We often think about the interesting relationship between cats and water. They seem to be blissed out when lapping it up out of their water bowl, but usually, but not always hate getting wet. Then there are the cats who sneak into the shower after we’ve used it to sit in the water remaining on the tile or who practically want to join us! We thought we’d ask Newton, our feline editor at large to cat-chat about cats and water.
Newton’s Purrspective – Cats and Water
Cats have a reputation for hating water. I’ve always wondered if this is deserved or just urban legend. True, domestic felines did evolve from desert dwelling ancestors conditioned to an arid environment. Early cats probably didn’t encounter much water, and the fact that they do not need to drink a lot is no surprise. Cats today drink what they need to maintain health if the water is clean and free of distasteful chemicals or minerals (hard water).
However, when it comes to other encounters with water… we have a real game changer!
Imagine yourself in a restaurant anticipating your favorite refreshing beverage. The waiter approaches, but instead of handing you the glass he dumps the contents on your head! Or worse, he picks you up and submerges you in a large container of your now former favorite drink. I’m sure you get the idea. If humans would not tolerate this situation what would you expect of creatures who were once worshipped as gods? Cats prefer (some say demand) everything on our own terms. I’m sure that few cats even pretend to enjoy squirt bottles and baths, but more on that later.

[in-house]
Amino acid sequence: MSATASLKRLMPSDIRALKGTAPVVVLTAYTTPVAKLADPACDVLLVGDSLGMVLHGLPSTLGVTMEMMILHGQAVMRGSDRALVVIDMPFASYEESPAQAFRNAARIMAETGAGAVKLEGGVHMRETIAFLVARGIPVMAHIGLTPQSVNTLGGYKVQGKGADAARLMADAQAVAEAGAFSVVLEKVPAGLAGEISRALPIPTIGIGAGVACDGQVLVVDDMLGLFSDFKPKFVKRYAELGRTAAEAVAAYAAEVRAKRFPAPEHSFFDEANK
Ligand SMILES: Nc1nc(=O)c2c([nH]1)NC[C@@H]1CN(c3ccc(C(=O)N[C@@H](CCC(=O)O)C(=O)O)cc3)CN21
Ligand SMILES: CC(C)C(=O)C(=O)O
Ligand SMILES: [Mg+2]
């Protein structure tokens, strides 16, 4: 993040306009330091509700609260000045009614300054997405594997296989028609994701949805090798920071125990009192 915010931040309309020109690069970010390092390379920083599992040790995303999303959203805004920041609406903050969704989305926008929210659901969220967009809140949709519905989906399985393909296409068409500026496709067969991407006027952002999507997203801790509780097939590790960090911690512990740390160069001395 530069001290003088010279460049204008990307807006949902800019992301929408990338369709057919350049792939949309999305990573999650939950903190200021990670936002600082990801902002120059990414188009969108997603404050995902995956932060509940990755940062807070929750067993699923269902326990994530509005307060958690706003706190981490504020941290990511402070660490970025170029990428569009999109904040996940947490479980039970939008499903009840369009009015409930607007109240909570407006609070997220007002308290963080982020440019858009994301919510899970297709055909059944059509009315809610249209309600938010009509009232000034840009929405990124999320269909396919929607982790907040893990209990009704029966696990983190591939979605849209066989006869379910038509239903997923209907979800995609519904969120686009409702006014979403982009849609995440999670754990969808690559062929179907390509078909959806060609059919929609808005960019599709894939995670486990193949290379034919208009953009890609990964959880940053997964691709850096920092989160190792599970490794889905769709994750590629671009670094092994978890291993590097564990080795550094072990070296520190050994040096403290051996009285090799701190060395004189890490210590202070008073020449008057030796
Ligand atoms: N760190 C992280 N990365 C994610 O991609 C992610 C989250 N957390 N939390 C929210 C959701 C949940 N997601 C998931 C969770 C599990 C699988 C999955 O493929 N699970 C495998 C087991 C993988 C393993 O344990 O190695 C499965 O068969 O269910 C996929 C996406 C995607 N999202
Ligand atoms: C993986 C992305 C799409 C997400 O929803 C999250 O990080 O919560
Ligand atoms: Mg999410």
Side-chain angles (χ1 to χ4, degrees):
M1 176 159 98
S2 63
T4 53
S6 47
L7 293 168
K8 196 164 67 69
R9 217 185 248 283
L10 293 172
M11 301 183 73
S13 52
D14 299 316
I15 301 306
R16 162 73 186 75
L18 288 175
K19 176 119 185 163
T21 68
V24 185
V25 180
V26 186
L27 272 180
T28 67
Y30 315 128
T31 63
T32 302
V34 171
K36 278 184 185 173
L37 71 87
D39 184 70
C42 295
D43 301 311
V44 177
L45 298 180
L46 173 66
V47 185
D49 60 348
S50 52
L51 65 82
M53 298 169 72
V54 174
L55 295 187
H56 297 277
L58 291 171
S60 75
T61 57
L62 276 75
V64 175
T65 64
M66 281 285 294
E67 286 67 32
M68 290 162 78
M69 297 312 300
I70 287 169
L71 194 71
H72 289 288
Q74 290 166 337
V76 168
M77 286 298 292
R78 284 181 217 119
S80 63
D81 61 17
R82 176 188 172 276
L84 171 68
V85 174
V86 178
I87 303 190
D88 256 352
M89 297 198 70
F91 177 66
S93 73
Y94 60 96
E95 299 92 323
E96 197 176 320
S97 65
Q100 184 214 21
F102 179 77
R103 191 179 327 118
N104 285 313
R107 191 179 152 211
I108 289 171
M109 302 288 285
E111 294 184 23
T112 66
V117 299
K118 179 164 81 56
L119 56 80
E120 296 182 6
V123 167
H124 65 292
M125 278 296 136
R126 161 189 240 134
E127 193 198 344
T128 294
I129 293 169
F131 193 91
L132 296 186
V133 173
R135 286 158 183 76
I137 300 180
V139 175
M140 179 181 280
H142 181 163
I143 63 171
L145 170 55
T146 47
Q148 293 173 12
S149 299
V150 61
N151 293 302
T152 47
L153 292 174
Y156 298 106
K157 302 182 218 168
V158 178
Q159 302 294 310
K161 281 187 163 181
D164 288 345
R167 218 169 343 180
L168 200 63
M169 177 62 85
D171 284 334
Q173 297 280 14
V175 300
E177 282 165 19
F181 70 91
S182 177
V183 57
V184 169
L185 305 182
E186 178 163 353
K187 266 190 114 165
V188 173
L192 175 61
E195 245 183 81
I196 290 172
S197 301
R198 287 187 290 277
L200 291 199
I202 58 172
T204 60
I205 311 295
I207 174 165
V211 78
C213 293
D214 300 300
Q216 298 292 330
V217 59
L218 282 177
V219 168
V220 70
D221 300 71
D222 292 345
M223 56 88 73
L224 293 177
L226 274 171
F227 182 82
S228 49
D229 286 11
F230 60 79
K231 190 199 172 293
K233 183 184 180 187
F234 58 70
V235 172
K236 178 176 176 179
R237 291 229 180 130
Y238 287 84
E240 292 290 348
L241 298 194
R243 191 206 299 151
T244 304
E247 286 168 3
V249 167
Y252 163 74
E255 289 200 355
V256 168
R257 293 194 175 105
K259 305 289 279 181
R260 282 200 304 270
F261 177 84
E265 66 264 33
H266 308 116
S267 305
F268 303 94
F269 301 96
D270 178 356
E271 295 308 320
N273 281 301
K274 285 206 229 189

Instinctively we seek out the freshest, cleanest water possible. This explains why many of us balk at having food and water dishes side by side. Uneaten food transferred to the water increases bacterial growth and just tastes bad. Food and water bowls should be separated by at least 10 feet to prevent cross contamination. Running water is the cleanest in Nature, so in the absence of a ceramic cat water fountain we may insist on drinking from the kitchen or bathroom faucet.